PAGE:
Writing Resources from Fifteen Minutes of Fiction
A Spontaneous GiftA shower of coins clinked on the floor and I began counting. Had I saved enough to buy my mom something really good this year? Four, five, six, seven dollars and thirty-three cents.
I skimmed the drug store ad boasting Christmas gift bargains, glancing over the options I had circled in red. One by one, I crossed each off my list and felt my hope shrinking. Fancy Chanel No. 5 smell-alike perfume: $15. Silver "I (heart) Mom" pendant: $12.95. Posh pedicure set: $19.99. Tears sprang to my eyes as I noticed the only thing I could buy: women's anti-athlete's foot socks -- $4.99/pair. I might as well buy her a stick of deodorant!
With a sigh of resignation, I wandered downstairs to admit my insufficient funds for anything worthwhile. I could always do “I owe you” coupons again… so lame.
My mom’s voice rang out with a strained tone from the kitchen. She could only be talking to Aunt Carol at this hour.
“How do you like that, five days before Christmas? Does he really think he can get anyone else to cope with his last minute demands for cheaper? I don’t know how many overtime hours I’ve worked for that man for nothing and this is the thanks I get for it!” She paused and took a bite of ice cream straight from the container.
“No, no, we have Cobra.” Pause. “Not yet, I don’t want to say anything until after
The pan of fudge brownies she had made last night lay open on the table. I tiptoed across the kitchen and slid into the chair next to my mom, eyes fixed on the temptations in front of me.
“Listen, Carol, I gotta go. Hannah’s here. Yup, yup. No, don’t worry. We’ll see you on Thursday.” My mom clicked the receiver and set it on the table. She pinched her cheeks and smiled at me. “Want to try a piece of fudge?”
My eyes widened and mouth salivated. I had only been allowed to lick the bowl yesterday because she had to have enough for everyone at the office Christmas party today. There must have been a crowd of early dieters, since the pan only had two holes. “Do I!”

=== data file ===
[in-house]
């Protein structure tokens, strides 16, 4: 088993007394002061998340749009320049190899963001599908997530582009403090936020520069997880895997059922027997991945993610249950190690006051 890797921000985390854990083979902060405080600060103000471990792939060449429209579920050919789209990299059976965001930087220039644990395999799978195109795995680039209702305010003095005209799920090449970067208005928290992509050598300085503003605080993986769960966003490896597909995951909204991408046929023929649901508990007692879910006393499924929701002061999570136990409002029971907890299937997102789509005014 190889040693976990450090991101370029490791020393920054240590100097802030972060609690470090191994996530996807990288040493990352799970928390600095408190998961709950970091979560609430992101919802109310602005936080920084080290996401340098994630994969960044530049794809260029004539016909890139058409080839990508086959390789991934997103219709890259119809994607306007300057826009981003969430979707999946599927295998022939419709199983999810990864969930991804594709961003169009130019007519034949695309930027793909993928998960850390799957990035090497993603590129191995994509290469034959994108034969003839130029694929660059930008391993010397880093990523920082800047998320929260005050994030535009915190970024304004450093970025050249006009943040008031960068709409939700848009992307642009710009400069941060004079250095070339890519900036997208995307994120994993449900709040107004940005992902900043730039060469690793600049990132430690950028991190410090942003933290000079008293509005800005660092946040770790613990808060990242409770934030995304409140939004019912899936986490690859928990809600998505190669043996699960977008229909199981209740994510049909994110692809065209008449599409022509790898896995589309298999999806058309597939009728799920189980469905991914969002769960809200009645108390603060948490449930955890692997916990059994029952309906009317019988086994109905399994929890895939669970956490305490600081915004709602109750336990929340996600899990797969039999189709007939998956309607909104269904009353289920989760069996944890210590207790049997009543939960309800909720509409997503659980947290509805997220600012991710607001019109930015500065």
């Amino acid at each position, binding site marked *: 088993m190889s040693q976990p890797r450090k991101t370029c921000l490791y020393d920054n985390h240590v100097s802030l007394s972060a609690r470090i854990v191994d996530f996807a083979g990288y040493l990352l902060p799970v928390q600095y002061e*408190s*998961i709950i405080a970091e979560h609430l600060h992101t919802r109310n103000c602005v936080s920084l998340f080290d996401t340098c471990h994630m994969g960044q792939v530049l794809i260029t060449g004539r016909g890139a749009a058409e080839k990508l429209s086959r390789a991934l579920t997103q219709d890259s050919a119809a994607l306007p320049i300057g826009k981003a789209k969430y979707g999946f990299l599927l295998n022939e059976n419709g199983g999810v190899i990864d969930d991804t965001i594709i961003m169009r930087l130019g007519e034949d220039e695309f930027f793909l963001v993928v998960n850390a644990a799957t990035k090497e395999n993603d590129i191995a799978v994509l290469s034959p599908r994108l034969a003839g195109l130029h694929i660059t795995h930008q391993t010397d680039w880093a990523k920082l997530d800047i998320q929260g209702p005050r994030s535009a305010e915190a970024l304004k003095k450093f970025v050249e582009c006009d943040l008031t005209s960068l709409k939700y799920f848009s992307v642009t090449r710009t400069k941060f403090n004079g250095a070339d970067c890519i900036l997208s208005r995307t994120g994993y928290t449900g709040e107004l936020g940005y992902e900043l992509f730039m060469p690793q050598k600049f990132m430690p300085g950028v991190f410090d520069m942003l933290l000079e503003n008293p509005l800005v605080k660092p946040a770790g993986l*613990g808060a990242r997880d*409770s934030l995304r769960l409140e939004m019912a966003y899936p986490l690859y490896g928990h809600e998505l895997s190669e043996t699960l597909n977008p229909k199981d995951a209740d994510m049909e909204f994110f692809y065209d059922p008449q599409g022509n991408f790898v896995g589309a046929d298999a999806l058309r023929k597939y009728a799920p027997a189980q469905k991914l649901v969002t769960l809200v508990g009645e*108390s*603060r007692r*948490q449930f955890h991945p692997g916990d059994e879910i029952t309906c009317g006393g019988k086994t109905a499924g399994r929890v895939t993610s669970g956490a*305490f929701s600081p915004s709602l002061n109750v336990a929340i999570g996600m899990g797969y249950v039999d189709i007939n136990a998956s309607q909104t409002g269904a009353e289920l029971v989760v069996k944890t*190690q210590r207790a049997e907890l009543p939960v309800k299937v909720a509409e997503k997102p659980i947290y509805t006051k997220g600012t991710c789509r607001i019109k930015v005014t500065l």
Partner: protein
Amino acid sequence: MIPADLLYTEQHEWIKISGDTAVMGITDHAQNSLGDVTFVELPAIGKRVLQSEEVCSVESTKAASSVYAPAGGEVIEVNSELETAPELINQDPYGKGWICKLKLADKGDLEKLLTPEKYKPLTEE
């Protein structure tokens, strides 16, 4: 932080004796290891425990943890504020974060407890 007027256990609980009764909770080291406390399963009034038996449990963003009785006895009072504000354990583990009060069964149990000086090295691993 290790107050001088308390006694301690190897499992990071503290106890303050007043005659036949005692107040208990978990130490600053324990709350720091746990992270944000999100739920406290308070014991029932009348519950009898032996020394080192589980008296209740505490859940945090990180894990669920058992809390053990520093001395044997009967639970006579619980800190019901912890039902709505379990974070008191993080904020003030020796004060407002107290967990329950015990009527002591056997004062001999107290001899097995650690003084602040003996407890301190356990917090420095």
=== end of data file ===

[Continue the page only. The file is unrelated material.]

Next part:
My taste buds tingled as I bit into the dense, rich chocolate spiked with sugar. I closed my eyes and imagined I were a rich girl with cash to spare for an equal gift for my mother, and even my best friend Grace.
“You can bring the rest to school tomorrow, if you like,” my mom offered.
I could only imagine the mmms I would hear at lunch. What a change from being the only girl with the same boring sack lunch every day. I snuck a second piece while my mom covered the pan up with tin foil.
“Someday, I want to be able to make fudge like you, Mom. I would start my own bakery,” I commented, licking the last smudges of chocolate off my fingers.
My mom dropped her spoon into the empty pint of mint chocolate chip ice cream. Her eyes froze on me.
“Ice cream headache?” I asked with a giggle.
Tears welled in her eyes. “Hannah,” she said, choked by a sob. She leaned over and wrapped her arms around me. I hugged her back. She ran her fingers through my hair. I felt a trickle down her chin fall onto mine.
“That’s the best gift you could ever give me,” she said.
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